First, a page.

by Diane Spicer
Socially responsible hiking: why does it matter?
Maybe it doesn't matter to you, if hiking is simply a way to snap some great Instagram photos or carve another notch in your hiking belt.
But for a lot of us hikers, being responsible for our own actions is a way to touch the future.
Making ethical choices about hiking gear is just one place to start. There are lots of ways to give back to the environment you hike in.
Let's take a look at your choices for socially responsible hiking.
Being a socially responsible hiker can become an important facet of your outdoor time, involving:
Let's look at some opportunities to strengthen your resolve as a hiker interested in giving back and enhancing the outdoor experience for the human community.
You can choose to get involved with organizations that gather people together to protect our hiking destinations.
A few suggestions for you:
Information on your favorite trails is instantly available with a quick search on the search engine of your choice.
For example, in Washington State where I live, there is a wonderful volunteer organization called Washington Trails Associations (WTA) that welcomes hikers who desire to donate time and money to maintaining trail access.
If you can't find a group in your area that advocates for socially responsible hiking, drop me a line and I'll get you pointed in the right direction.
You might not give much thought to where you buy your hiking gear.
One backpack is pretty much like another, right?
gear manufacturers put profit first, over the labor and sourcing of
materials. They don't care much about environmental impact, or giving
back part of their profit to support the Earth.
If you'd rather be loyal to gear makers who are trying to be forces for good in the hiking community, take a close look at a few that stand out from the rest.
Patagonia is an outdoors clothing company with an incredibly convoluted and interesting history in social responsibility.
Their latest endeavor is Patagonia Provisions, a way to put carefully sourced high quality nutrition into the hands of hikers and backpackers.
Cotopaxi is a company that is doing something really clever.
Other gear purveyors have social responsibility statements and declarations of environmental stewardship.
Check out the stewardship page next time you're ordering from the outdoor gear co-operative REI.
And read why their Force Of Nature initiative will put high quality gear and know how into the hands of women hikers.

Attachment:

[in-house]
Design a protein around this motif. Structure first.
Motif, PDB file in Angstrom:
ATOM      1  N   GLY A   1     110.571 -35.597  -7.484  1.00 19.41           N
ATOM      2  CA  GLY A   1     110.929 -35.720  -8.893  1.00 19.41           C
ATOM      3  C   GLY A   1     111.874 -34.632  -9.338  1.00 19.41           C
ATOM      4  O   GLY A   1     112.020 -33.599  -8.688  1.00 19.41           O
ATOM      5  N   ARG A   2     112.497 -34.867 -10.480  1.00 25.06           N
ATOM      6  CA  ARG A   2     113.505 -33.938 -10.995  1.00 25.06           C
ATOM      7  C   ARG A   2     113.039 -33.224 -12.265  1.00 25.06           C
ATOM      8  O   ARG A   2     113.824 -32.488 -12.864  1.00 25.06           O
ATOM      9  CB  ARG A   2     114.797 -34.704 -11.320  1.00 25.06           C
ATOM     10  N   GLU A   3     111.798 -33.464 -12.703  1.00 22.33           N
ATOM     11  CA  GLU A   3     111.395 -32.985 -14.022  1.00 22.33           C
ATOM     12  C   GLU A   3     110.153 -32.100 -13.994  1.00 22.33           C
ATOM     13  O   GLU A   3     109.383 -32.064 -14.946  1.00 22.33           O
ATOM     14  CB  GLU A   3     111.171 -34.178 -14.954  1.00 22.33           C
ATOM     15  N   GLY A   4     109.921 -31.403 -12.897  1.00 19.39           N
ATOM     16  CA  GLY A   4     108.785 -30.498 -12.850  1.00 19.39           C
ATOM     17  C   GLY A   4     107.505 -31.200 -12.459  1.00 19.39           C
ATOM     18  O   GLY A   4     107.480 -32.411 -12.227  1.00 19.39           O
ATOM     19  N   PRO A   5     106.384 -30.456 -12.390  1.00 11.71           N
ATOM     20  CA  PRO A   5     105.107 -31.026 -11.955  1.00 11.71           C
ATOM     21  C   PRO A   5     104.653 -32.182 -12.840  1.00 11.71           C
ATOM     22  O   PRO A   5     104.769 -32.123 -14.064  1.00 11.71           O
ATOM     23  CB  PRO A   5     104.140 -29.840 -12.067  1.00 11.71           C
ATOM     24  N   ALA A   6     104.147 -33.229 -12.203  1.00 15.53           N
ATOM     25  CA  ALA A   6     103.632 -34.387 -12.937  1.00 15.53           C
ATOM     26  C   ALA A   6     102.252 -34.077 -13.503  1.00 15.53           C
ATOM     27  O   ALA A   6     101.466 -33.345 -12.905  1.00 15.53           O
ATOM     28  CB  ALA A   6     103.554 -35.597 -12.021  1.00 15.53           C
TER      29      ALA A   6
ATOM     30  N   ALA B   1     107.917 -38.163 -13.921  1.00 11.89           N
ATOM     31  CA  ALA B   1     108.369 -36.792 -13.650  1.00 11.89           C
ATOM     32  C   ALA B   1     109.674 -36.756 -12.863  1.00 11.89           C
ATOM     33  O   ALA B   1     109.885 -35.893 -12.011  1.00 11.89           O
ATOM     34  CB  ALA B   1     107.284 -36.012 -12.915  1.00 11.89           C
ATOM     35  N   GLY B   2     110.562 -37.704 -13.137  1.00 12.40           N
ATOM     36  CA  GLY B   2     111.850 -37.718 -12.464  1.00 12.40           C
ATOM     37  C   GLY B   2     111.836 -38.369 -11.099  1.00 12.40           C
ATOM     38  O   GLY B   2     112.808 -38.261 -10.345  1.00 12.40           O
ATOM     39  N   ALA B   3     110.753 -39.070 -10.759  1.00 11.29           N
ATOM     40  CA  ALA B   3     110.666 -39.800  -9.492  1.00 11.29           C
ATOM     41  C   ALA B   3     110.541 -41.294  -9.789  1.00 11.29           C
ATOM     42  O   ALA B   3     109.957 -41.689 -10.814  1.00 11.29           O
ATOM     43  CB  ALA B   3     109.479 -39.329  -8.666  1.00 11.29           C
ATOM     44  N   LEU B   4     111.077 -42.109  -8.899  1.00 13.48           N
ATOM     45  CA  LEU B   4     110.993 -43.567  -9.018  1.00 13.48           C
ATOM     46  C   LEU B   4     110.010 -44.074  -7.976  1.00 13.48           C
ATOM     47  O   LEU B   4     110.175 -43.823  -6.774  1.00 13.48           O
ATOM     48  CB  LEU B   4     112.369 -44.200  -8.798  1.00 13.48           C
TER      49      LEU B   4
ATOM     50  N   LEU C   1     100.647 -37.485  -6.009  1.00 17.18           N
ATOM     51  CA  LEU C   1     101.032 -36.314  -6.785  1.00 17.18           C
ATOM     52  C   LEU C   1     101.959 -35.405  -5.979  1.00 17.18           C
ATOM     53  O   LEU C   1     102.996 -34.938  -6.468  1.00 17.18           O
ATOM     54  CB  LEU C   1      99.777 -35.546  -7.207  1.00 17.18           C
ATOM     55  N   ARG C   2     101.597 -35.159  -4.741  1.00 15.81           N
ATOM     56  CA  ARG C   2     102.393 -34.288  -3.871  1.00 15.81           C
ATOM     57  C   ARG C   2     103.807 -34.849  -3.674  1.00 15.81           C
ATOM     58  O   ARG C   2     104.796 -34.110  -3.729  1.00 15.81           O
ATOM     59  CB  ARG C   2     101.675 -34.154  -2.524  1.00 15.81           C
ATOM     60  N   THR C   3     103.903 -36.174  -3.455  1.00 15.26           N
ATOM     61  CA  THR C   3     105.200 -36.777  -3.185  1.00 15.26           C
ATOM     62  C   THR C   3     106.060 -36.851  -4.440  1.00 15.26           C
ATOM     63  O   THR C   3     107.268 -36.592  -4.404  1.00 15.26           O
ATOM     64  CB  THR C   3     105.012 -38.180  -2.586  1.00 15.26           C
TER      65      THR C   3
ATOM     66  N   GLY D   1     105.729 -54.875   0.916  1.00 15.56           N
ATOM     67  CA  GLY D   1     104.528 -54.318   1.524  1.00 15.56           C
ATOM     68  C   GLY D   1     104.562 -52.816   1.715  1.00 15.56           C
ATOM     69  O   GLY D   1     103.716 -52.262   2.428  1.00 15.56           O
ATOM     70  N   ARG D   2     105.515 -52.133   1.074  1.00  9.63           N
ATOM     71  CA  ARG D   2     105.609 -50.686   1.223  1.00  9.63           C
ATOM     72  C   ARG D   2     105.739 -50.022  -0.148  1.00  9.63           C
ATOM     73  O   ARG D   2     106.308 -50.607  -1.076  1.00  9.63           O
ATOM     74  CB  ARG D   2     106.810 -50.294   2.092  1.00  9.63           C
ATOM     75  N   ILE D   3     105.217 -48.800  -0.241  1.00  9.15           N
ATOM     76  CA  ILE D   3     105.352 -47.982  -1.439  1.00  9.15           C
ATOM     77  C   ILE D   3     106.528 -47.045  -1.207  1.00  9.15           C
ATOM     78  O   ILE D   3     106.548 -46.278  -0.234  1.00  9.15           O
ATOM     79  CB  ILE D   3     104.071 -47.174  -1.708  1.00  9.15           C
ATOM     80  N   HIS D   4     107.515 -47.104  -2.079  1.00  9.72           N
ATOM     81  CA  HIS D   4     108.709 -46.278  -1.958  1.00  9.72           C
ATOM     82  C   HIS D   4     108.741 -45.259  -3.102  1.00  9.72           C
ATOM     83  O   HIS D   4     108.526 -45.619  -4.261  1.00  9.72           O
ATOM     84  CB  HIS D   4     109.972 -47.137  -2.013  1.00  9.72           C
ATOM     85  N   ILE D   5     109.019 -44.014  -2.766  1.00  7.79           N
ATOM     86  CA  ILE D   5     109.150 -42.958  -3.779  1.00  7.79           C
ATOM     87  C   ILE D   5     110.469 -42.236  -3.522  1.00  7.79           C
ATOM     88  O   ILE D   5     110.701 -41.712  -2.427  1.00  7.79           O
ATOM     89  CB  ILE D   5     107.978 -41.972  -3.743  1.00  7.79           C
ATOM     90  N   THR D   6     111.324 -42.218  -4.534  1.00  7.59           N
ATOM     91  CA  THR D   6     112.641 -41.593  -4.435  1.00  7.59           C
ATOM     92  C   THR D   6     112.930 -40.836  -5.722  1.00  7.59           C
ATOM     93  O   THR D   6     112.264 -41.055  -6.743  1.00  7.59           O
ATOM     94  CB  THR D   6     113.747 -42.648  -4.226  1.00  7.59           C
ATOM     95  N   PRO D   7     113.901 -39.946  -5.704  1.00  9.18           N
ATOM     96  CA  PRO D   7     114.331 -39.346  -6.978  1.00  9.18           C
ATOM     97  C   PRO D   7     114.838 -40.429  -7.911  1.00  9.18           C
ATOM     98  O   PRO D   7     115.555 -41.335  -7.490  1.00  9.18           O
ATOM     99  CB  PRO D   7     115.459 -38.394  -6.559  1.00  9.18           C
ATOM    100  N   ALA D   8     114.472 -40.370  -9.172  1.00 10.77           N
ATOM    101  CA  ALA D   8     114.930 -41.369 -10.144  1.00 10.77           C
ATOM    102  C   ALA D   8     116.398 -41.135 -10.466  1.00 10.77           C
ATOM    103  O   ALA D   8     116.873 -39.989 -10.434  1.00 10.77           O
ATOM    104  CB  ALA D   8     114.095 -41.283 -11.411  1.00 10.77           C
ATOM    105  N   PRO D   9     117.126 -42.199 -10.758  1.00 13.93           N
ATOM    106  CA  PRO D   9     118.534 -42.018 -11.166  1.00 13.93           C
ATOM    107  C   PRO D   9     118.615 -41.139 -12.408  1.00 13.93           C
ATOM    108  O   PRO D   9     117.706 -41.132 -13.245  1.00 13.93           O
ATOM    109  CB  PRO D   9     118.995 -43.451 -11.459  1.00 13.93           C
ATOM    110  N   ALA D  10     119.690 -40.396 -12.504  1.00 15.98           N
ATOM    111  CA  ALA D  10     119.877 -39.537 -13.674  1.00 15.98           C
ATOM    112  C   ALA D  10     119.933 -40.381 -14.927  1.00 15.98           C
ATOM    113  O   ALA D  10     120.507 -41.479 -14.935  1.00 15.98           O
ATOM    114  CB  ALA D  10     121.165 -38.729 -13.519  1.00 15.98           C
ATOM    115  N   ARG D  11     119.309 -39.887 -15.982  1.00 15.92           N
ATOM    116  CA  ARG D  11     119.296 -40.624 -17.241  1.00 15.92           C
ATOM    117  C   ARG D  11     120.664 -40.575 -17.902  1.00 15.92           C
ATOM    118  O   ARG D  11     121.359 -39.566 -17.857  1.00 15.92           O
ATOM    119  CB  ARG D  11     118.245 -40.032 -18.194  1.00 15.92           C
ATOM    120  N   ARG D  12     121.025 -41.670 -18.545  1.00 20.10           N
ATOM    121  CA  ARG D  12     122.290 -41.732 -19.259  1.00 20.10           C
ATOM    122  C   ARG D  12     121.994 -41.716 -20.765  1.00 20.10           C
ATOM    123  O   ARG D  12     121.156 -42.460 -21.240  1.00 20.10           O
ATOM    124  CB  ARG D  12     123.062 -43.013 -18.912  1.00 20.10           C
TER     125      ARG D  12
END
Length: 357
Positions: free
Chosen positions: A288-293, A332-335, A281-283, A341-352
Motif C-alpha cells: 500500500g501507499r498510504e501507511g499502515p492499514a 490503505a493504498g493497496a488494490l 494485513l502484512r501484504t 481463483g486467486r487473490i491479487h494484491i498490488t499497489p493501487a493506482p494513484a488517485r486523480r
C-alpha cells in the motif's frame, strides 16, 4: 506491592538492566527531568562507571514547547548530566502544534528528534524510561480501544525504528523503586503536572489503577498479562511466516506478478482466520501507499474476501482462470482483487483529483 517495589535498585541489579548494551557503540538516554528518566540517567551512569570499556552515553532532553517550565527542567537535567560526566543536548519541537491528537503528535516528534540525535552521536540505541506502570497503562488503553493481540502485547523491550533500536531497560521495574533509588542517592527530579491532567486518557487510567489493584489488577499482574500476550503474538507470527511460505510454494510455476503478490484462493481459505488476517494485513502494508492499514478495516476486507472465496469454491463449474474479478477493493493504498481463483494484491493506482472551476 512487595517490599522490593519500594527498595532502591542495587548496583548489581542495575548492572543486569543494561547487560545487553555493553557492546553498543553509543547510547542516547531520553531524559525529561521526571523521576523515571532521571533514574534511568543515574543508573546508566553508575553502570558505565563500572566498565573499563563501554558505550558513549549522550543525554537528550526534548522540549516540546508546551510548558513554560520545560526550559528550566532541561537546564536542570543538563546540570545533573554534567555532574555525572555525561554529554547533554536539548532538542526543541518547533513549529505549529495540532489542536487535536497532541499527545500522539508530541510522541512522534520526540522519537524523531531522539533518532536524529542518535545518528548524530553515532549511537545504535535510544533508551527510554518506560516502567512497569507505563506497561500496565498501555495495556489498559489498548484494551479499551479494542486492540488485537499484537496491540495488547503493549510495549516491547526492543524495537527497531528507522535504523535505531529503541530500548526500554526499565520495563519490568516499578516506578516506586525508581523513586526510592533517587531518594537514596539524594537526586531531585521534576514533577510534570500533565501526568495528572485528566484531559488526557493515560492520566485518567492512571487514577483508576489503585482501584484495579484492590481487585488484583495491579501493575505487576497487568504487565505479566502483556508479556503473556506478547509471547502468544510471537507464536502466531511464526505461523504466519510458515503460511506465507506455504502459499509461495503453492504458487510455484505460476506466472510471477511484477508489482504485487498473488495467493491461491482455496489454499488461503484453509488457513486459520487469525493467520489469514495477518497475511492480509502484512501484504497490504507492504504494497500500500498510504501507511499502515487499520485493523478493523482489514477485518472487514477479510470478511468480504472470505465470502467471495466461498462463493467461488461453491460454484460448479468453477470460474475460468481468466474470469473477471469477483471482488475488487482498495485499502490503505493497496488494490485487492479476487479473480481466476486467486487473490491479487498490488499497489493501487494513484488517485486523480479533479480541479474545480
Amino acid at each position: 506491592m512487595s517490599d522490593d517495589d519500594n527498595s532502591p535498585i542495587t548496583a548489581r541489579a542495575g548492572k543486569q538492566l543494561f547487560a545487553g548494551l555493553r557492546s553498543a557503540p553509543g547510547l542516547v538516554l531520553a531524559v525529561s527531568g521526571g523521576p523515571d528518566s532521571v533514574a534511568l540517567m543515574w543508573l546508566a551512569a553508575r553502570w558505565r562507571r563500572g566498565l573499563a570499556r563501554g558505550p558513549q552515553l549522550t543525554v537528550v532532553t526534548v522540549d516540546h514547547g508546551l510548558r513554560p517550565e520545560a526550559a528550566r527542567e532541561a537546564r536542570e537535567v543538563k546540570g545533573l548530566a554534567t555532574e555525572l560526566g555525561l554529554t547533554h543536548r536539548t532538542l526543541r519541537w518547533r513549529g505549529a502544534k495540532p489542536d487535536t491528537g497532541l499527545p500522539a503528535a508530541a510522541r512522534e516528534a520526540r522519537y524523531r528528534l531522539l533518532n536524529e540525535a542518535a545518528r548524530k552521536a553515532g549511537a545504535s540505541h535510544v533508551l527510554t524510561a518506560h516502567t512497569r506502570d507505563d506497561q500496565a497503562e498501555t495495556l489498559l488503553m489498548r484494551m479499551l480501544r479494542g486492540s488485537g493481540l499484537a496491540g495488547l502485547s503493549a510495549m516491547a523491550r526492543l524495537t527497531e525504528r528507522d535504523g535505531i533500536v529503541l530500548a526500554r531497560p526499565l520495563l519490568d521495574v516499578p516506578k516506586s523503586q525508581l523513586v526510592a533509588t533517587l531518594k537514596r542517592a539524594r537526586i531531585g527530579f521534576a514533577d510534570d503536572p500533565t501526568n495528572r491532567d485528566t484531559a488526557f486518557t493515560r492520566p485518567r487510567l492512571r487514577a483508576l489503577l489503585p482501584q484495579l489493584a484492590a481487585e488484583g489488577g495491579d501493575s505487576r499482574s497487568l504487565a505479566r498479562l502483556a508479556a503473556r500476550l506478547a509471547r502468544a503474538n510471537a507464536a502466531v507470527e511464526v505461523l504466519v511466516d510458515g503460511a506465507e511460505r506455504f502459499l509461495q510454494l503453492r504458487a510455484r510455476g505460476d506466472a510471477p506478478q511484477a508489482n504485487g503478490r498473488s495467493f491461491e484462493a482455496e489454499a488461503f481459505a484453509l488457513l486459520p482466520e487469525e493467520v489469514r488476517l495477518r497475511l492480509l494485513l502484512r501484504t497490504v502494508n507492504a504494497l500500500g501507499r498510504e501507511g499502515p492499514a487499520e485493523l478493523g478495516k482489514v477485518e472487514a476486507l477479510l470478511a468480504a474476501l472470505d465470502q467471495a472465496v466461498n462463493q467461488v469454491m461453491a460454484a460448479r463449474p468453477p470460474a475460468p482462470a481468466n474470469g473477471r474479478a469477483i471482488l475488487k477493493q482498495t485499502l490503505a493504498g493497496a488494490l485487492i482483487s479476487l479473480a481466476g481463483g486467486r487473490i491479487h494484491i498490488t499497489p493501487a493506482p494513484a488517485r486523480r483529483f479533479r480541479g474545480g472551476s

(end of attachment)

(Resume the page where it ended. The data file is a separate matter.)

Lifestraw not only makes a two stage water filtration bottle (read my review of the Lifestraw Go here), they also deliver clean, safe drinking water to school kids around the world.
These are all examples of companies I use, and recommend, based at least in part on their products which support and encourage socially responsible hiking.
It feels good to know my money is going a bit further to support the planet.
See something amiss at a trail head?
It's easy, simple and gives you a feel of satisfaction about taking action rather than walking away in frustration.
ParkWatchReport is a free phone app that allows you to send details about the problem to the local land authorities.
But it goes one better.
You will receive emails about how the problem is being fixed or resolved.
Your eyes and ears are what park rangers and wardens need, and this is the way to get your information directly to them.
What could be easier - or more effective?
Give it a try!
Have you ever watched a hiker trample the delicate alpine vegetation that takes decades to reach its petite stature?
Have you sat down on the shoreline of a seemingly pristine lake, only to see orange peels and an abandoned plastic bag in the water?
Kind of ruins your experience of the great outdoors, doesn't it?
There is a way of hiking through Nature that literally leaves no trace of your passing.
Ponder the Leave No Trace principles.
I'm not sure if you're having this experience, but as I grow older I become more interested in how the next generation will deal with environmental issues which impact hiking.
The changes in climate and weather spring to mind.
Forging deep connections with Nature is also important.
As is our current land use and natural resource decisions.
If you're interested in environmental stewardship and socially responsible companies from your perspective as a hiker, here are a few resources to pique your interest.
Ethics, responsibility, stewardship: these issues don't get discussed very much on hiking websites.
But we can change that.
Make decisions about where to spend your time, your money, and your precious energy, through the lens of socially responsible hiking.
Speak up when you see someone doing something right, and lend your support to companies that pay more than lip service to taking good care of the environment.
Let's work together toward the goal of a future which can be enjoyed by our children on a hiking trail.
Thank you! And pass it on...
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